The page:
City staff presented a report on the condition of Fullerton’s roads at the City Council meeting on June 16. This is called the Pavement Management Plan (PMP).
The PMP determines the typical existing roadway condition and assigns a Pavement Conditions Index (PCI) rating from 0-100 for each roadway segment. The Pavement Conditions Index is a function of overall conditions of the pavement. Condition problems include potholes, cracking, failures, rutting, etc. Fewer problems equals a higher PCI rating.
Overall, Fullerton’s roads have an overall Pavement Conditions Index rating of 63.8, which is considered “Fair.” The breakdown of how Fullerton’s roads fared is:
Very Poor: 28%
Very Good: 29%
The Pavement Management Plan is required by Orange County Transportation Authority (OCTA) in order for the City to be eligible for Measure M2, also known as OC Go funds. Measure M2 funds are part of the County’s ½ cent sales tax increase passed in 2011.
The purpose of the Pavement Management Plan is to, 1) Determine typical existing pavement conditions for roadway segments, 2) Assist with development of pavement rehabilitation strategies, 3) Assist with forecasting future pavement rehabilitation projects and, 4) Assist with future budget needs.
According to the staff report, in order to maintain our roads in their current condition, the City must increase annual investment from the current $4 million per year to a proposed $8 million per year.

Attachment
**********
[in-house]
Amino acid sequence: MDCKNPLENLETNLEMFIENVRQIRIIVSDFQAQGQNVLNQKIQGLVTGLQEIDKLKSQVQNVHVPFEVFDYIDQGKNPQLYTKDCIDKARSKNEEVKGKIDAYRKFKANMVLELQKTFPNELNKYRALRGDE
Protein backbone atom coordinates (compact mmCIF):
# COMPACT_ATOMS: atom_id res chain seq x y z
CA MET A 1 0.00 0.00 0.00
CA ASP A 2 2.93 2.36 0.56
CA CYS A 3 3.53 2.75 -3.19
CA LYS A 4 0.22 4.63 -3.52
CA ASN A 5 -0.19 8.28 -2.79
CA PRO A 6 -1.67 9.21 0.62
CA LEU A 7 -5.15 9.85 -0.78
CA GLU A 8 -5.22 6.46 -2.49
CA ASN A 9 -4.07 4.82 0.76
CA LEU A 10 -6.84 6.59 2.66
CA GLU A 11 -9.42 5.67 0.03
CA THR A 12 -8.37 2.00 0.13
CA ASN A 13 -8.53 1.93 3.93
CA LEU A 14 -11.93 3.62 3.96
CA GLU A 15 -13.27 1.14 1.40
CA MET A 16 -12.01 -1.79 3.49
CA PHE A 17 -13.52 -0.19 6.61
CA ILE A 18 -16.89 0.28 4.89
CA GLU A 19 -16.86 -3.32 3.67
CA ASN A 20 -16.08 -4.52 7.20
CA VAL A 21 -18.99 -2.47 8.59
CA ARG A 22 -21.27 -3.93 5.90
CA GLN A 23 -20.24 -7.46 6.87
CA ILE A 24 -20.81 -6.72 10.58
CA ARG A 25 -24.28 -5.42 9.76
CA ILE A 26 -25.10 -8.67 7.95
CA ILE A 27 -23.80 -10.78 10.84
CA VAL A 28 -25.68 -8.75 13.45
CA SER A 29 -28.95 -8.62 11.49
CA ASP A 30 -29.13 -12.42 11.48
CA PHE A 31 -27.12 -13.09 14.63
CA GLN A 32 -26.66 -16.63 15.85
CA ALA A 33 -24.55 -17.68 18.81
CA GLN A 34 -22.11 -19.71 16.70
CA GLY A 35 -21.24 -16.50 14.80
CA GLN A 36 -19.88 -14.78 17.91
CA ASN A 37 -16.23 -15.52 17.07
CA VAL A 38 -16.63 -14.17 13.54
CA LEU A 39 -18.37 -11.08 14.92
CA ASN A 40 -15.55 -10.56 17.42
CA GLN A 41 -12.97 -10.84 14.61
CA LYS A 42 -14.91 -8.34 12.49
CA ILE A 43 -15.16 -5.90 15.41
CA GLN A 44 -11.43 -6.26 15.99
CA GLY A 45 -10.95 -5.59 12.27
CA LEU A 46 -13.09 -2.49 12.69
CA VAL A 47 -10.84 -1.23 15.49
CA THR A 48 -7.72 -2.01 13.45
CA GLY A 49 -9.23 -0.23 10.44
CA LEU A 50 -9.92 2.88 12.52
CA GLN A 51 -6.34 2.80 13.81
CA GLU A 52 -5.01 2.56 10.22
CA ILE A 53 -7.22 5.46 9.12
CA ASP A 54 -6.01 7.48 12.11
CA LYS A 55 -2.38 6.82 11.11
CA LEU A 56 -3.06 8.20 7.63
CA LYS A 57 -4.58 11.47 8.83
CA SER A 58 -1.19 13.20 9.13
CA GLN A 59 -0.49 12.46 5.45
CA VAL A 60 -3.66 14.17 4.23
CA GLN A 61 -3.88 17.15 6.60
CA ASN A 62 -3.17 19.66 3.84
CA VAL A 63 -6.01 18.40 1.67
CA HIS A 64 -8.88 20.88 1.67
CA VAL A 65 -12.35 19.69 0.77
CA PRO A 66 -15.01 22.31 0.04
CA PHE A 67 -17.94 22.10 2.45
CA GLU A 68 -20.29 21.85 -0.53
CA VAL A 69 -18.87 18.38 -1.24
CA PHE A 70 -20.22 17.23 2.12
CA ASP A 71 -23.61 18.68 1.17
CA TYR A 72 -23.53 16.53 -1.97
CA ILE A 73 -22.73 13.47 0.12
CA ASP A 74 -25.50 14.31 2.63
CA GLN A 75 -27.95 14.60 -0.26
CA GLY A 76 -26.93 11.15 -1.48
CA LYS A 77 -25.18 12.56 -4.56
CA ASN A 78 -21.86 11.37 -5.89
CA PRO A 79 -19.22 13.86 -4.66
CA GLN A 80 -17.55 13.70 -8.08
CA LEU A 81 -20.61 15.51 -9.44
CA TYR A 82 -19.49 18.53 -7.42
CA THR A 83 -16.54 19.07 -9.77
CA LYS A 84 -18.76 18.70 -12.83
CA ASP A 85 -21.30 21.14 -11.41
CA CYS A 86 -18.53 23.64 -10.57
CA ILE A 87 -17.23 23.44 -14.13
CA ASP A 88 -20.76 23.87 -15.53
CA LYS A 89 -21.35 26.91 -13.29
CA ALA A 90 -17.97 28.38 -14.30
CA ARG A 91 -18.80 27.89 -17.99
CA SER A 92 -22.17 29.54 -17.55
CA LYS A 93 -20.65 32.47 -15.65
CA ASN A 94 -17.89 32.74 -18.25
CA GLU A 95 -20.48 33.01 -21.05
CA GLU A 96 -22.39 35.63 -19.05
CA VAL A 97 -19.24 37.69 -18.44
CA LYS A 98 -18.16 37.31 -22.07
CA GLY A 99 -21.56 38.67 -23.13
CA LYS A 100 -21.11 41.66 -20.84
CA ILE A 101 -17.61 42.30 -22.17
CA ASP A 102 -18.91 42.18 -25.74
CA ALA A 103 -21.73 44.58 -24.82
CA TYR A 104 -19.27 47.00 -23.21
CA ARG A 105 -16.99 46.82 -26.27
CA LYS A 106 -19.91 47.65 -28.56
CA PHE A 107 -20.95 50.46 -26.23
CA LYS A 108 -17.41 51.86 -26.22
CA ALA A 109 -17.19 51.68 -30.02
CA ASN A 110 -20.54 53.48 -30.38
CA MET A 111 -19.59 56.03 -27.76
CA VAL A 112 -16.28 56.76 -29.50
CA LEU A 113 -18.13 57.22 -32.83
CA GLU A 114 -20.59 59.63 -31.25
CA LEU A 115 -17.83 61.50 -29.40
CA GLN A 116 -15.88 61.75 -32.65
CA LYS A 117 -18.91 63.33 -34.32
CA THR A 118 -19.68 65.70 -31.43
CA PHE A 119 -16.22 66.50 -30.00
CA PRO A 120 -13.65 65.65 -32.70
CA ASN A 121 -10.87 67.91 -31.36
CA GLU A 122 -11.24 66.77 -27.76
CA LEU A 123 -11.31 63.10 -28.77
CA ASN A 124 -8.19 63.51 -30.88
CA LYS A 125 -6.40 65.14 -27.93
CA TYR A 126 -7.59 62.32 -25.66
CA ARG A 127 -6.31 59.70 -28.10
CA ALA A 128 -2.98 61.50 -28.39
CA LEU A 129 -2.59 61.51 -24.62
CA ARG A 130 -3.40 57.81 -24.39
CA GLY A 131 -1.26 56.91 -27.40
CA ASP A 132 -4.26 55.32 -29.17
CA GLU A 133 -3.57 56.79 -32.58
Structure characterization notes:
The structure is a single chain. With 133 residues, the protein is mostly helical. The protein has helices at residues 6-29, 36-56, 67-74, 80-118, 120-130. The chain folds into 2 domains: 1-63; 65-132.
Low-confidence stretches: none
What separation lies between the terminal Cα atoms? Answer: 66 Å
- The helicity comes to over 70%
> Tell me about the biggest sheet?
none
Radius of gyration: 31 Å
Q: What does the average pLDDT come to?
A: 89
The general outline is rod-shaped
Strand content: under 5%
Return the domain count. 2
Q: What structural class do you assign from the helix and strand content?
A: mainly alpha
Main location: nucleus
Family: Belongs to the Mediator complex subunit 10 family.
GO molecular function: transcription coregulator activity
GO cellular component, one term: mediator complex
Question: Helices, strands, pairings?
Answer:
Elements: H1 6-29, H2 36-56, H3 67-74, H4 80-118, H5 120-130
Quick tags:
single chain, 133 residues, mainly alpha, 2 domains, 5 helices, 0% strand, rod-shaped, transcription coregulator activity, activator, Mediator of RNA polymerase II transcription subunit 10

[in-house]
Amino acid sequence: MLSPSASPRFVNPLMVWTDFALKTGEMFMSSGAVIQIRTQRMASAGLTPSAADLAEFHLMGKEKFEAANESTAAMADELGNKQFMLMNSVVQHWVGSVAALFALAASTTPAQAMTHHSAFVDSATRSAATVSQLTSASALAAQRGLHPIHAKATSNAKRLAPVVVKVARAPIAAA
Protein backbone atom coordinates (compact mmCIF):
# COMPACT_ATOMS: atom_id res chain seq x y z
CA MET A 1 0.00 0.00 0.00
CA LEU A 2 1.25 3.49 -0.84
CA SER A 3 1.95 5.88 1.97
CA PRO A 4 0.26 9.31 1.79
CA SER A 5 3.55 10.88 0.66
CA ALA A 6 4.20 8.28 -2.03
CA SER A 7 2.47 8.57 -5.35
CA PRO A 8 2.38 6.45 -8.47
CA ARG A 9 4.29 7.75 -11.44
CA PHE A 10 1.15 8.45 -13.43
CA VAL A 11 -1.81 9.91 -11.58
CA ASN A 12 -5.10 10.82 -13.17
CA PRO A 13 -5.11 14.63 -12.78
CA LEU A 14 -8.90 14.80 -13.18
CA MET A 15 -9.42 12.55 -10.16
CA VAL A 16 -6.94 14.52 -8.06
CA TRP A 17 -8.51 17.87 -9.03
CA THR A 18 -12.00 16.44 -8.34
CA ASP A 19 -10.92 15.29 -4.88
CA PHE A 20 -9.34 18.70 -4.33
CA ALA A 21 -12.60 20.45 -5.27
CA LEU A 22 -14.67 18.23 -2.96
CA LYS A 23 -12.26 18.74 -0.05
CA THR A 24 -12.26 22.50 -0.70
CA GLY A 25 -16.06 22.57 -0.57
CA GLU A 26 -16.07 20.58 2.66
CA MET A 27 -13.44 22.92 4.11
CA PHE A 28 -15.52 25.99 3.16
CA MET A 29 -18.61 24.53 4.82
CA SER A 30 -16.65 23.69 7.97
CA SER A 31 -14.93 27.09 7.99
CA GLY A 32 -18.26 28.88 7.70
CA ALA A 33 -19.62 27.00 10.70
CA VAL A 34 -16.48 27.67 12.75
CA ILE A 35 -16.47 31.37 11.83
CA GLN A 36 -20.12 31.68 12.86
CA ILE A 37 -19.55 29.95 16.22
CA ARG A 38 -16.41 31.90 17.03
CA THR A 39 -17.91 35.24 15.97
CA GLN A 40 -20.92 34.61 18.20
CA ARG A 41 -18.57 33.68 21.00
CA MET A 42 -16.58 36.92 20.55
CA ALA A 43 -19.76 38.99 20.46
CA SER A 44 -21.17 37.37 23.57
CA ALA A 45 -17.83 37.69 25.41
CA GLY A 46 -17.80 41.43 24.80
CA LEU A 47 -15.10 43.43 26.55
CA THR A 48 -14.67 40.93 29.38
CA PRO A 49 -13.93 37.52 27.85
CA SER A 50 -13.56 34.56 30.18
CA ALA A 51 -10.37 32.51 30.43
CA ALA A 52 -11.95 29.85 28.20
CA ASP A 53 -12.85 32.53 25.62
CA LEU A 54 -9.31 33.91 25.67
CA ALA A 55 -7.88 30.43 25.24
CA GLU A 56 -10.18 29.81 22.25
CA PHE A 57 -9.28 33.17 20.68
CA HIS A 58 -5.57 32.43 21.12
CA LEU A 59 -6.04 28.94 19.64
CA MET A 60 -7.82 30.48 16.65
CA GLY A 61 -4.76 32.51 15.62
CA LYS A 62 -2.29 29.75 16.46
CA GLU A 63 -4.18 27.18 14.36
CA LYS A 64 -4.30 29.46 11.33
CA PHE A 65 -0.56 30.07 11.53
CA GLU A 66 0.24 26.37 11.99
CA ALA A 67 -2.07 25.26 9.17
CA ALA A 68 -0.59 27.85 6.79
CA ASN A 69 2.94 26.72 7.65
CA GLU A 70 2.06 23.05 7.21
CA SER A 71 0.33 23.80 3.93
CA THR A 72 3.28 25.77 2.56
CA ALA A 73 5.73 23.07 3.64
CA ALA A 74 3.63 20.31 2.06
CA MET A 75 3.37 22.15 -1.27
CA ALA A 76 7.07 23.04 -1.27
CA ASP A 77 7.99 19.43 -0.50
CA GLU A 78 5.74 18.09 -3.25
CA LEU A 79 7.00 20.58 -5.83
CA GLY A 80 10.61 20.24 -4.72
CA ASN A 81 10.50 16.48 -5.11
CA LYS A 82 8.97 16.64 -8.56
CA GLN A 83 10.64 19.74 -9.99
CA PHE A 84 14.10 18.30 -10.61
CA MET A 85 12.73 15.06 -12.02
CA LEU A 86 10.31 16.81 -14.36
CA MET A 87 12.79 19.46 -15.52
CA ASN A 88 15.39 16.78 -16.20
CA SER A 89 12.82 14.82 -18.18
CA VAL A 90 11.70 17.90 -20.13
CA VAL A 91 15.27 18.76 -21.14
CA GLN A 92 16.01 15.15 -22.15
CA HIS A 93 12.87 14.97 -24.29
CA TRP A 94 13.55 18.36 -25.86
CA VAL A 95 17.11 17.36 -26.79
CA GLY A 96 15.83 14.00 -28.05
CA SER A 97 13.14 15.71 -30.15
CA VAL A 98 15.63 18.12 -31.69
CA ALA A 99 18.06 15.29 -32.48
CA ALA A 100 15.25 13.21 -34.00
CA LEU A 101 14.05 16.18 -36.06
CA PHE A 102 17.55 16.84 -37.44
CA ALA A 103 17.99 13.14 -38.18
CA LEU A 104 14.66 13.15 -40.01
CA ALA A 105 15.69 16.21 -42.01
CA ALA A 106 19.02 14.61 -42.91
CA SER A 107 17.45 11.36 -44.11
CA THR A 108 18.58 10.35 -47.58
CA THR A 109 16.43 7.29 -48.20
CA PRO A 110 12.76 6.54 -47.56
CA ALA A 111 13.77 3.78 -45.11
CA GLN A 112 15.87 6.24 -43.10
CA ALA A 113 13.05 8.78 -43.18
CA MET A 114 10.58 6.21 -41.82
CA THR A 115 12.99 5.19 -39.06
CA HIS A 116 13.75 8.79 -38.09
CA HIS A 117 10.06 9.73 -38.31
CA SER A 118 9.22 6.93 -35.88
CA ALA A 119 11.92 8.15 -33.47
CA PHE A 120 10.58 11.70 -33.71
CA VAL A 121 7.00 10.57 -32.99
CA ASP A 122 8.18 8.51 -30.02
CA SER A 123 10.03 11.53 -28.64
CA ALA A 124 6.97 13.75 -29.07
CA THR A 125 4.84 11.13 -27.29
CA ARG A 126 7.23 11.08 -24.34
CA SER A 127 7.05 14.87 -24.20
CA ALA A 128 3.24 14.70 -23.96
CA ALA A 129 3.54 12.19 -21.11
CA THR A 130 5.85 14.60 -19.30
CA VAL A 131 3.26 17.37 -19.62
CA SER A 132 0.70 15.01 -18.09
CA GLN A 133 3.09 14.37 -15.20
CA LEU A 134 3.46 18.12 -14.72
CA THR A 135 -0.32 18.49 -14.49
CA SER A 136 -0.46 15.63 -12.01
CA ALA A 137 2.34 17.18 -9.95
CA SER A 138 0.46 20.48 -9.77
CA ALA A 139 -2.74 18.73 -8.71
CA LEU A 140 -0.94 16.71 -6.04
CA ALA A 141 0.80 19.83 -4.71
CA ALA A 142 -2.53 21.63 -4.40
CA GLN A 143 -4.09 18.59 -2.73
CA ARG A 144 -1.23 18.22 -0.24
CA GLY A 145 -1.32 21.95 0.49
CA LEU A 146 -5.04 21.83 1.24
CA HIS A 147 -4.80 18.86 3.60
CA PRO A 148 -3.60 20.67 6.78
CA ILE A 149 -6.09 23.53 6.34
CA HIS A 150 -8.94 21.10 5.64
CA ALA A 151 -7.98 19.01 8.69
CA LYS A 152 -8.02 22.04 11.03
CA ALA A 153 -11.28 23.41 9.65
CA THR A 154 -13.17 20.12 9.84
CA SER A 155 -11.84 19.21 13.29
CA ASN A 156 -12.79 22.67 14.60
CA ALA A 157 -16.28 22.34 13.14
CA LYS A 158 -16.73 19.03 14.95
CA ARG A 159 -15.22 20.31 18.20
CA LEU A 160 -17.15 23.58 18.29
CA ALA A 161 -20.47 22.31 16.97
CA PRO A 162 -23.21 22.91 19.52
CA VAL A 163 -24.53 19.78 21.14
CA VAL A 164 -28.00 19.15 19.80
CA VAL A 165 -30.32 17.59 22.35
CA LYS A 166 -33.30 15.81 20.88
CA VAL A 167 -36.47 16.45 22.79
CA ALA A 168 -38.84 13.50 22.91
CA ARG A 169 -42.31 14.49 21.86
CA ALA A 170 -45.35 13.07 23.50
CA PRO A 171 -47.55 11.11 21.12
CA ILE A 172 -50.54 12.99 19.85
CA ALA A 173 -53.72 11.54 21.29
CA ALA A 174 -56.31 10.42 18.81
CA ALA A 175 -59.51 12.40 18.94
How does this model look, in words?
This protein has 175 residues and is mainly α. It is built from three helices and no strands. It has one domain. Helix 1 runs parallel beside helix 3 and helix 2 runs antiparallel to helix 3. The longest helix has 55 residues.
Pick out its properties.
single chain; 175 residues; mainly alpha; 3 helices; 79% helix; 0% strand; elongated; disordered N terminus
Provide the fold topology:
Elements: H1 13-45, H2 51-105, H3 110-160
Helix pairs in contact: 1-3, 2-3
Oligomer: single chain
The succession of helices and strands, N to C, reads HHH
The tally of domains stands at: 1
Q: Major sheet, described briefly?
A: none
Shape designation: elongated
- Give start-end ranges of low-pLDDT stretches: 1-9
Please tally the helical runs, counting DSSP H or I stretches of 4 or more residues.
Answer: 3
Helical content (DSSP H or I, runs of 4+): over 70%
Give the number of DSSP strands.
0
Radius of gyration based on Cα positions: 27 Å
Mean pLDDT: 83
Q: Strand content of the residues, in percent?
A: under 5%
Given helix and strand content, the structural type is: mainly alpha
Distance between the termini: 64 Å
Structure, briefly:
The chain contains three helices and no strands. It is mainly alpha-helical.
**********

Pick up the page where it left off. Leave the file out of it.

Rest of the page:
Recently, the City’s Infrastructure and Natural Resources Advisory Committee (INRAC) recommended an annual budget of $5.5 million for arterial roads and $10 million for local roads in order to provide an improvement in the overall condition of the roads. All recommendations (Pavement Management Plan and Natural Resources Advisory Committee) require increased funding.
City Council also voted to create a dedicated Infrastructure Fund to increase the City’s ability to make infrastructure improvements. This will require that 50% of all secured property tax and sales tax revenues, above a designated baseline, be deposited into the newly-created Infrastructure Fund.
Categories: Local News
The people who rated fair have the city councils back. We all know Fullerton roads should NOT be rated fair. It is below average. I have a friend from Mexico saying that the roads by her house are nicer than Fullerton roads. The Corrupt politicians don’t mind keeping all the money away from our roads and into their own pockets. Something needs to be done NOW!
I have damaged my tires twice on Fullerton roads. “Fair” is an exaggeration. Fix the roads, or pay me for my replaced tires.
Ummm perhaps I am reading this wrong but the key on the map and the pie chart in the article use the colors in exactly the reverse way i.e. map Very poor is red, pie chart Very good is red…
Lol okay, this article is full of it. The Mayor admits our streets are horrific.
What happens with our gas tax and property taxes? Problem is with our skewed budget. Fullerton spends 70 percent of budget for police and fire departments. very little for other programs. we have to fix this problem.
Please, don’t support any sales tax or levy for fixing roads. City has to fix current spending for police and fire dept. first.
Did they drive down Orangethorpe? That street is in the worst shape ever. I don’t feel it’s even safe
I have friends that have used Orangethorpe to start labor when they’re sick of being pregnant…
By the way, thanks for the extremely blurry map…
What happened to the gas tax that we did not support and was improperly titled but passed to our chagrin? How much does Fullerton get each year and is that squirreled away into the road replacement fund or does it go down the rabbit hole?